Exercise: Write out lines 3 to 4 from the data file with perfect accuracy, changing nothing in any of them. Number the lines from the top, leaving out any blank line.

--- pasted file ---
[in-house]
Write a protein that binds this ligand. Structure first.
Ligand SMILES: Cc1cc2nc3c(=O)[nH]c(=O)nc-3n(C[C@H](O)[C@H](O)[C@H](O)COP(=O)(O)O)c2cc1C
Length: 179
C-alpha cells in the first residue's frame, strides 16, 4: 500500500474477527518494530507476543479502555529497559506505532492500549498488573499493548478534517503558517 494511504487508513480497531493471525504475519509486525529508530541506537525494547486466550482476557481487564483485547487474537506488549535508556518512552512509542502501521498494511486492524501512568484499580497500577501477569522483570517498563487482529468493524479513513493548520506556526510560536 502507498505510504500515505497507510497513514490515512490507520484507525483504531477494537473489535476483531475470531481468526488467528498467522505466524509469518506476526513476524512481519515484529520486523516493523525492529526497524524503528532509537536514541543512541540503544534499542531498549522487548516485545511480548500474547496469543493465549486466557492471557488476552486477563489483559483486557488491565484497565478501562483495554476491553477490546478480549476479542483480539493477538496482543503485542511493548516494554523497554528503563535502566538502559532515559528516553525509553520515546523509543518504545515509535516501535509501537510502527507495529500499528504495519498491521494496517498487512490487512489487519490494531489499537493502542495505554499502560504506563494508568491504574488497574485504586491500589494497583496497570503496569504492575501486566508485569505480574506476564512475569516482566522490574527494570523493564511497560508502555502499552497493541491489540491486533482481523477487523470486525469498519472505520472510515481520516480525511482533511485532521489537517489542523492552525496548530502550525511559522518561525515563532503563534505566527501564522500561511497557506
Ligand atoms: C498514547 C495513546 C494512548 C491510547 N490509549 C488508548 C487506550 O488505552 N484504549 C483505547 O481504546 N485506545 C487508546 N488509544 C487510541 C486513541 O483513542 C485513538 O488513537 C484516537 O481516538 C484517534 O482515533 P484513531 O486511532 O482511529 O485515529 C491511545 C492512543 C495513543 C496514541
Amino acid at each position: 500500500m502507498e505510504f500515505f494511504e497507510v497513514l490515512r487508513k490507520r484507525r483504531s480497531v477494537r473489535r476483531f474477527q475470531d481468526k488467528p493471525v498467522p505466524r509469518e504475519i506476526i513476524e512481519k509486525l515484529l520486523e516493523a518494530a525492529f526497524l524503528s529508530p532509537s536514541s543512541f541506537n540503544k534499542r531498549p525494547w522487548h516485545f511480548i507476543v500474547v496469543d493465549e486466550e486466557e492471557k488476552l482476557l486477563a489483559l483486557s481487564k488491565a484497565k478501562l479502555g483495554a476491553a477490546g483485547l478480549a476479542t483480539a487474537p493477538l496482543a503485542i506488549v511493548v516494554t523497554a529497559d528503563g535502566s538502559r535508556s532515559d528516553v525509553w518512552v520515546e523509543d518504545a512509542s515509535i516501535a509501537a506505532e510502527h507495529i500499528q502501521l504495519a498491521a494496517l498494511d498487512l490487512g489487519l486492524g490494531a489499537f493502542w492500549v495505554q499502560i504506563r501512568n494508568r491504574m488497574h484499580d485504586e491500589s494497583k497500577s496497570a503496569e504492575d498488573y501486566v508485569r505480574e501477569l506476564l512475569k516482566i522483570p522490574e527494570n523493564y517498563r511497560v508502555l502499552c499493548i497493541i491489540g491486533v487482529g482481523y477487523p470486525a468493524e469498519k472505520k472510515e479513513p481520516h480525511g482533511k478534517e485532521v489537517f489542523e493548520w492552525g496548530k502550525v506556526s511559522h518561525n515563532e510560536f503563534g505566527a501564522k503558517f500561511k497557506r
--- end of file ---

Ligand SMILES: Cc1cc2nc3c(=O)[nH]c(=O)nc-3n(C[C@H](O)[C@H](O)[C@H](O)COP(=O)(O)O)c2cc1C
Length: 179